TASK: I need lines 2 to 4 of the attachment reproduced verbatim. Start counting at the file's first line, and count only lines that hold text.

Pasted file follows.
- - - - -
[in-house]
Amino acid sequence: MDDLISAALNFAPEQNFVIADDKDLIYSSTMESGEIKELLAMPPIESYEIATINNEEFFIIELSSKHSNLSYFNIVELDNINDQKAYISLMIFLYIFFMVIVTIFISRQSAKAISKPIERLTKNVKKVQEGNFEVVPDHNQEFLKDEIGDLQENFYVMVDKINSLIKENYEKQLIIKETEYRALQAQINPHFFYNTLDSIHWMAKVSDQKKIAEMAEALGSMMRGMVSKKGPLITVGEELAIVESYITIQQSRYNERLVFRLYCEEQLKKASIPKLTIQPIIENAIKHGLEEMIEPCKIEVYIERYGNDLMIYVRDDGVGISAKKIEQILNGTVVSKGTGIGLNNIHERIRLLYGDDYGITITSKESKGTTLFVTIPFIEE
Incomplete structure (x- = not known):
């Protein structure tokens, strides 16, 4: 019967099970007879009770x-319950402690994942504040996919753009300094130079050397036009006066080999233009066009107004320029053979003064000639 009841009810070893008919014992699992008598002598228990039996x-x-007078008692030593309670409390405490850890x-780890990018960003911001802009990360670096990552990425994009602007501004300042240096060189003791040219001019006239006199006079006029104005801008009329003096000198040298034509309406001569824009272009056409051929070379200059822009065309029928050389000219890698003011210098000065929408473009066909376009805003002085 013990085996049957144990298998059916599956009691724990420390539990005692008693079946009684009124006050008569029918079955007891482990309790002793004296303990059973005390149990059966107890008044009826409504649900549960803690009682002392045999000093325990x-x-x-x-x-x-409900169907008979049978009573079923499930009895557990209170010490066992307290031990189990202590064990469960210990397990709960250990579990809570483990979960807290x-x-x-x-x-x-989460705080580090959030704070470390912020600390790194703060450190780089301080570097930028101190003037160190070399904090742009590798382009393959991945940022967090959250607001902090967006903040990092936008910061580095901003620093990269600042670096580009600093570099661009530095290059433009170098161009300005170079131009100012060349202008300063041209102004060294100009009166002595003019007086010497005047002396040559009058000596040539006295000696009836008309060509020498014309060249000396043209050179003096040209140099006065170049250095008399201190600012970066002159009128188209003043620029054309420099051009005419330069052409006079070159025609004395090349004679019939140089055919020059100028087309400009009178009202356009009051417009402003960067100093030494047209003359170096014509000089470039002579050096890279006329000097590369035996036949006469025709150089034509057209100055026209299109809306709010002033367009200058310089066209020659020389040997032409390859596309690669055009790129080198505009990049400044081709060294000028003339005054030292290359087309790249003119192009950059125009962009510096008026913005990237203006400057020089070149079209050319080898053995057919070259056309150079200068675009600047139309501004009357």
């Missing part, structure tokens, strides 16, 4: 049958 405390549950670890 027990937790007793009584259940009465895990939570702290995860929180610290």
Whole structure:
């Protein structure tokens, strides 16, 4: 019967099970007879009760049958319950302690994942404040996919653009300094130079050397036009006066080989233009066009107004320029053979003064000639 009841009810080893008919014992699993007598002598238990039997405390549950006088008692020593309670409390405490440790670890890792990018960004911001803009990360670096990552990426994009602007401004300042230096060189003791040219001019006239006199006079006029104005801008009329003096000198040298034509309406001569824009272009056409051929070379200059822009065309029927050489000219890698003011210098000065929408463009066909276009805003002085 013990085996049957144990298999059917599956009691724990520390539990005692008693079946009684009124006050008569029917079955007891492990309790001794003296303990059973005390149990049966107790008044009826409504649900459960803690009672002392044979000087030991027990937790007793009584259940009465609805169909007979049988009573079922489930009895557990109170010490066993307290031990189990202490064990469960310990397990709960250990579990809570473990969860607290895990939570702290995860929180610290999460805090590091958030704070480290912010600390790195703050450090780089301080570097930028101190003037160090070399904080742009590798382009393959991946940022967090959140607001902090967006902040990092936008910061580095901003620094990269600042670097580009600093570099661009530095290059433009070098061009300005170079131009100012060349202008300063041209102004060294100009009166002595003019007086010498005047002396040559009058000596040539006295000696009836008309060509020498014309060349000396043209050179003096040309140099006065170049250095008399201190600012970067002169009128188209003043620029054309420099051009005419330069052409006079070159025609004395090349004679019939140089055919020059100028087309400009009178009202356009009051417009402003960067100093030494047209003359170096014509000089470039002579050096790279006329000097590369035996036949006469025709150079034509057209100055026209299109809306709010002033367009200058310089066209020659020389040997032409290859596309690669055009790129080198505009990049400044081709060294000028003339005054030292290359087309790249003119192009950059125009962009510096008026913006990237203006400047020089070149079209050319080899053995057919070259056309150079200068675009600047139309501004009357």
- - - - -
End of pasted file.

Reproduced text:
Amino acid sequence: MDDLISAALNFAPEQNFVIADDKDLIYSSTMESGEIKELLAMPPIESYEIATINNEEFFIIELSSKHSNLSYFNIVELDNINDQKAYISLMIFLYIFFMVIVTIFISRQSAKAISKPIERLTKNVKKVQEGNFEVVPDHNQEFLKDEIGDLQENFYVMVDKINSLIKENYEKQLIIKETEYRALQAQINPHFFYNTLDSIHWMAKVSDQKKIAEMAEALGSMMRGMVSKKGPLITVGEELAIVESYITIQQSRYNERLVFRLYCEEQLKKASIPKLTIQPIIENAIKHGLEEMIEPCKIEVYIERYGNDLMIYVRDDGVGISAKKIEQILNGTVVSKGTGIGLNNIHERIRLLYGDDYGITITSKESKGTTLFVTIPFIEE
Incomplete structure (x- = not known):
């Protein structure tokens, strides 16, 4: 019967099970007879009770x-319950402690994942504040996919753009300094130079050397036009006066080999233009066009107004320029053979003064000639 009841009810070893008919014992699992008598002598228990039996x-x-007078008692030593309670409390405490850890x-780890990018960003911001802009990360670096990552990425994009602007501004300042240096060189003791040219001019006239006199006079006029104005801008009329003096000198040298034509309406001569824009272009056409051929070379200059822009065309029928050389000219890698003011210098000065929408473009066909376009805003002085 013990085996049957144990298998059916599956009691724990420390539990005692008693079946009684009124006050008569029918079955007891482990309790002793004296303990059973005390149990059966107890008044009826409504649900549960803690009682002392045999000093325990x-x-x-x-x-x-409900169907008979049978009573079923499930009895557990209170010490066992307290031990189990202590064990469960210990397990709960250990579990809570483990979960807290x-x-x-x-x-x-989460705080580090959030704070470390912020600390790194703060450190780089301080570097930028101190003037160190070399904090742009590798382009393959991945940022967090959250607001902090967006903040990092936008910061580095901003620093990269600042670096580009600093570099661009530095290059433009170098161009300005170079131009100012060349202008300063041209102004060294100009009166002595003019007086010497005047002396040559009058000596040539006295000696009836008309060509020498014309060249000396043209050179003096040209140099006065170049250095008399201190600012970066002159009128188209003043620029054309420099051009005419330069052409006079070159025609004395090349004679019939140089055919020059100028087309400009009178009202356009009051417009402003960067100093030494047209003359170096014509000089470039002579050096890279006329000097590369035996036949006469025709150089034509057209100055026209299109809306709010002033367009200058310089066209020659020389040997032409390859596309690669055009790129080198505009990049400044081709060294000028003339005054030292290359087309790249003119192009950059125009962009510096008026913005990237203006400057020089070149079209050319080898053995057919070259056309150079200068675009600047139309501004009357």